Luke was a physician and was particularly amazed by all the miracles that Jesus did, the healings of the body, so he made notes and reference to every healing that Jesus had done. When Jesus’ followers saw what was going to happen, they said, “Lord, should we strike with our swords?” And one of them struck the servant of the high priest, cutting off his right ear. But Jesus answered, “No more of this!” And he touched the man’s ear and healed him (Luke 22:49-51). In that story not only did Jesus hold Peter back but he also took a step further and healed the man who was there to arrest Him. Instead of retaliating Jesus not only resisted the violence but He goes further to show mercy and compassion. So many people had their ears cut off by fanatic Christians, people who are willing to defend the gospel with a sword or with their harsh words. They are no longer receptive to the gospel or to Christians; because they have been hurt somewhere down the line. Here Jesus teaches us to restore them, heal them; heal their ears and hearing because faith comes by hearing (Rom. 10:17). So blessed are the merciful for they too shall be shown mercy by God. You definitely want the mercy of God because we do not deserve the righteousness given to us, yet God chooses to bestow His own righteousness upon us. If you look at other people and you see sin in their life, first look at yourself take the log out of your own eye before you focus in on the splinter in your brother’s eye (Matt. 7:3-5). If anybody is in the wrong it is most likely us and our hearts. When you show mercy to others then you will also receive mercy; most likely not from people but from God.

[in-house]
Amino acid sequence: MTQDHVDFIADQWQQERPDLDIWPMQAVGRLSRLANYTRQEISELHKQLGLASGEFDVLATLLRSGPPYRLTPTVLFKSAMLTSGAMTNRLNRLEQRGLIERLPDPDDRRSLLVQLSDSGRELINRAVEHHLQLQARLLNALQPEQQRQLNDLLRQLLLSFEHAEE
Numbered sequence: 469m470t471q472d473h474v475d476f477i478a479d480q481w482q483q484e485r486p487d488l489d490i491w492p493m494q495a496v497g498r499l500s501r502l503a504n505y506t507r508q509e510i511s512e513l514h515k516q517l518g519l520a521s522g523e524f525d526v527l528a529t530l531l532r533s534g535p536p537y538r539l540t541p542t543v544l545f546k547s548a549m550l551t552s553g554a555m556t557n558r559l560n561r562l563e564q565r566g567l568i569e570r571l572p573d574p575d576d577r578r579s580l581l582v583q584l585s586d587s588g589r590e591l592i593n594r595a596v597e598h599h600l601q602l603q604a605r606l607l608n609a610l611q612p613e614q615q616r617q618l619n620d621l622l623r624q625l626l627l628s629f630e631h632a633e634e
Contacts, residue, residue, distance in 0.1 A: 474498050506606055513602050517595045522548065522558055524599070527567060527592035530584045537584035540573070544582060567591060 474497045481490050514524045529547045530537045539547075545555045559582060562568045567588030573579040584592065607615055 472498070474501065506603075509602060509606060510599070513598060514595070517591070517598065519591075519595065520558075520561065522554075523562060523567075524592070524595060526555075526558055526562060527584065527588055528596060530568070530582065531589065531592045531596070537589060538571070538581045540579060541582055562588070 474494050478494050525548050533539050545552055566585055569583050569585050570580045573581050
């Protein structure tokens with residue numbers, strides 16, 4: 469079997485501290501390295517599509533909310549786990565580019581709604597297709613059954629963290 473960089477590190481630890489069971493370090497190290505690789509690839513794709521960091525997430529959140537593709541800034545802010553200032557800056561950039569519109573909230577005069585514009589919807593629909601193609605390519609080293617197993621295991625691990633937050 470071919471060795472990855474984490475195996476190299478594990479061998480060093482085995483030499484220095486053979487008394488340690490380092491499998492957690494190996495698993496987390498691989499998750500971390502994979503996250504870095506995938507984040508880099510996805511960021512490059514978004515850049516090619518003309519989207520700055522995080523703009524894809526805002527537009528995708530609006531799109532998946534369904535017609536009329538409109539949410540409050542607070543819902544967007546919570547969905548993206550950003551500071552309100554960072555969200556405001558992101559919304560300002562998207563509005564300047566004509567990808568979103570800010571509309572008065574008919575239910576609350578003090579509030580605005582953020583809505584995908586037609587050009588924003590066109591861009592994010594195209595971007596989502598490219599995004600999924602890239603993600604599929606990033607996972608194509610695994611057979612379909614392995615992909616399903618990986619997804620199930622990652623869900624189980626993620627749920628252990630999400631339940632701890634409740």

The sixth Beatitude: Blessed are the pure in heart, for they will see God (Matt. 5:8).  In the Hebrew, the term “heart” means the whole person, your mind, emotions and will. Therefore to be pure in heart means to have singleness of heart, mind and will; a complete and total devotion to God in all aspects of our lives. It is talking about the unseen, like when you are alone and no one else is around, there is only one thing that your heart longs after and that is Jesus. The one who has clean hands and a pure heart, who does not trust in an idol or swear by a false god They will receive blessing from the Lord and vindication from God their Savior (Ps. 24:4-5). Idols are something we have a picture of through the Old Testament but when we translate that into our modern day context we still have idols. The question we need to ask ourselves is if we desire to see Jesus more than anything else in this world. Social media, validation, popularity can all be idols. Riches and wealth are things that we strive after; success, progressing in our work environment; giving our all and wanting to be the best. These are things that creep into our hearts. What has the centre place in your heart? What are you longing to see in your life? When we pursue success or riches or approval or whatever, more than we seek after Jesus we turn those things into idols. They tend to take a higher place than Jesus in our lives and they start to eclipse Him and we can no longer see Him for who He really is. These things can become barriers where we can no longer come to Jesus with a pure heart; they come into our lives and they take root. Where your treasure is there your heart will be also (Matt. 6:21). Where your heart is, there will your treasure be! We are prone to offering God little portions of ourselves and in so doing trying to exchange it for free reign in other areas of our lives. He is looking to be Lord over your life completely! The Christian life is not about avoiding sin but about following after Jesus. The religious system tells us we must avoid sin, but Jesus said, “Follow Me” (Matt. 4:19).